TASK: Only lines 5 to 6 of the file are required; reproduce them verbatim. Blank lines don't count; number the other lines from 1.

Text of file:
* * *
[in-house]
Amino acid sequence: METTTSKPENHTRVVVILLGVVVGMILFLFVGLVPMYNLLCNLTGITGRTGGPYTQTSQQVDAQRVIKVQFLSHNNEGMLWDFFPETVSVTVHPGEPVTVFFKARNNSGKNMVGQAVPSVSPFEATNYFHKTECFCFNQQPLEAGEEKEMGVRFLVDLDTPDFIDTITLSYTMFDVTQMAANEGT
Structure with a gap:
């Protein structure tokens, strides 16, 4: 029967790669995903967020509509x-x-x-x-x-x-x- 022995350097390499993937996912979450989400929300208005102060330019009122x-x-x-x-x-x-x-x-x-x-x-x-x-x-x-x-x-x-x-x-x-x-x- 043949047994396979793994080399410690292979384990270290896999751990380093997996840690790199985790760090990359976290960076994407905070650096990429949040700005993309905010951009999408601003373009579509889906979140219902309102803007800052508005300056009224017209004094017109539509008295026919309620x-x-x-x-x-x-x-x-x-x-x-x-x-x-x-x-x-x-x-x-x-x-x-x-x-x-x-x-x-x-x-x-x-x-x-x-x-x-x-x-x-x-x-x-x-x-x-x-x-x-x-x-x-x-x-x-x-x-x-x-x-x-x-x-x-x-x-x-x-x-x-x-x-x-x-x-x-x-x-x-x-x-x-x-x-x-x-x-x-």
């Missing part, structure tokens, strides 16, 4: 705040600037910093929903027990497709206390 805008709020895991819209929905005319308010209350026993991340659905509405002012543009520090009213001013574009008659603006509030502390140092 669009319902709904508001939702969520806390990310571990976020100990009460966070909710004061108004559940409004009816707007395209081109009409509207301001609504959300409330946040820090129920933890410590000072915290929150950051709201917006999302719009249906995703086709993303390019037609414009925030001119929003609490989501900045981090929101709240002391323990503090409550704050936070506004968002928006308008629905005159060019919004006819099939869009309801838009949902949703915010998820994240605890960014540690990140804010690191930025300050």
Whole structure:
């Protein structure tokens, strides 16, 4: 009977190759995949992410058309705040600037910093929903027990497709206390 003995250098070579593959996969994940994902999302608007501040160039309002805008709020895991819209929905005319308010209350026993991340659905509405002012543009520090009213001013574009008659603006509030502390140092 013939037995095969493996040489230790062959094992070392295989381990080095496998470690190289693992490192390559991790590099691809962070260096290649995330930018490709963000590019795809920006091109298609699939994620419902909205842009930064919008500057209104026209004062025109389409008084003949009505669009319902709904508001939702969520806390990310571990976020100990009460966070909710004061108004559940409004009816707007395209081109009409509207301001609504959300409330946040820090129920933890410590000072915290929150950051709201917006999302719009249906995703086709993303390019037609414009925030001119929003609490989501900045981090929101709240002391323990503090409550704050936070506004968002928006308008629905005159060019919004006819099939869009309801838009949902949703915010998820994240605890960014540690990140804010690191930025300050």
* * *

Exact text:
């Missing part, structure tokens, strides 16, 4: 705040600037910093929903027990497709206390 805008709020895991819209929905005319308010209350026993991340659905509405002012543009520090009213001013574009008659603006509030502390140092 669009319902709904508001939702969520806390990310571990976020100990009460966070909710004061108004559940409004009816707007395209081109009409509207301001609504959300409330946040820090129920933890410590000072915290929150950051709201917006999302719009249906995703086709993303390019037609414009925030001119929003609490989501900045981090929101709240002391323990503090409550704050936070506004968002928006308008629905005159060019919004006819099939869009309801838009949902949703915010998820994240605890960014540690990140804010690191930025300050």
Whole structure: